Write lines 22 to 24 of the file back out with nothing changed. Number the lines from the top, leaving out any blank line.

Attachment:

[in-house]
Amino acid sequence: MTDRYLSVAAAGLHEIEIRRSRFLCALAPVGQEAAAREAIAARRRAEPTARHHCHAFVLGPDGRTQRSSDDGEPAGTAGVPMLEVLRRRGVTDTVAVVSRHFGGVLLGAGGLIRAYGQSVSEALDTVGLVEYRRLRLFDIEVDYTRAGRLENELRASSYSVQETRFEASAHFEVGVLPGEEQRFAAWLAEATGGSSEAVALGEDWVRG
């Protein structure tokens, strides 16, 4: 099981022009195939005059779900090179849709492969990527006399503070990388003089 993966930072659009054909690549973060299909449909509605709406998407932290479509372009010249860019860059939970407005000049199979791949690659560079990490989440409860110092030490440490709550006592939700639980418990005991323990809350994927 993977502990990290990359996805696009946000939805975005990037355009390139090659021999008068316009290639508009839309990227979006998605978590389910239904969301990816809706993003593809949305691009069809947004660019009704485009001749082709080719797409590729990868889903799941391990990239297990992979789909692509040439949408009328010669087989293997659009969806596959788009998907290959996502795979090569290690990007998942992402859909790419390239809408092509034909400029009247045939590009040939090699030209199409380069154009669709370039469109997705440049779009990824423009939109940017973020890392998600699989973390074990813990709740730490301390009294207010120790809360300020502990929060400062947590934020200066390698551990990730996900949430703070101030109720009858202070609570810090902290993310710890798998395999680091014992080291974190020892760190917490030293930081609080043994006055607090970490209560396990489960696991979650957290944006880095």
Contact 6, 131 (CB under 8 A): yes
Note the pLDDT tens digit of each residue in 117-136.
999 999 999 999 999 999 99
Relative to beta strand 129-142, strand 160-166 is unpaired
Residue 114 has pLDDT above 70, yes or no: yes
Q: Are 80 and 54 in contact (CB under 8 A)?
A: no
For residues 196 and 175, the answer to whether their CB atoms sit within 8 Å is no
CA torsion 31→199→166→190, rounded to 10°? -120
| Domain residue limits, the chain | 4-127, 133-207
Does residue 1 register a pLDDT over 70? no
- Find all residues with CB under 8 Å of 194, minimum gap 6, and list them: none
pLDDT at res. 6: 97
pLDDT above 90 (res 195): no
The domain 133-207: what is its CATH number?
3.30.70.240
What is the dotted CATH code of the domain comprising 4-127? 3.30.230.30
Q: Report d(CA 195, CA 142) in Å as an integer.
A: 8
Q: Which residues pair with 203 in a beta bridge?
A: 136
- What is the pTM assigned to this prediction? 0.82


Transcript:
A: 8
Q: Which residues pair with 203 in a beta bridge?
A: 136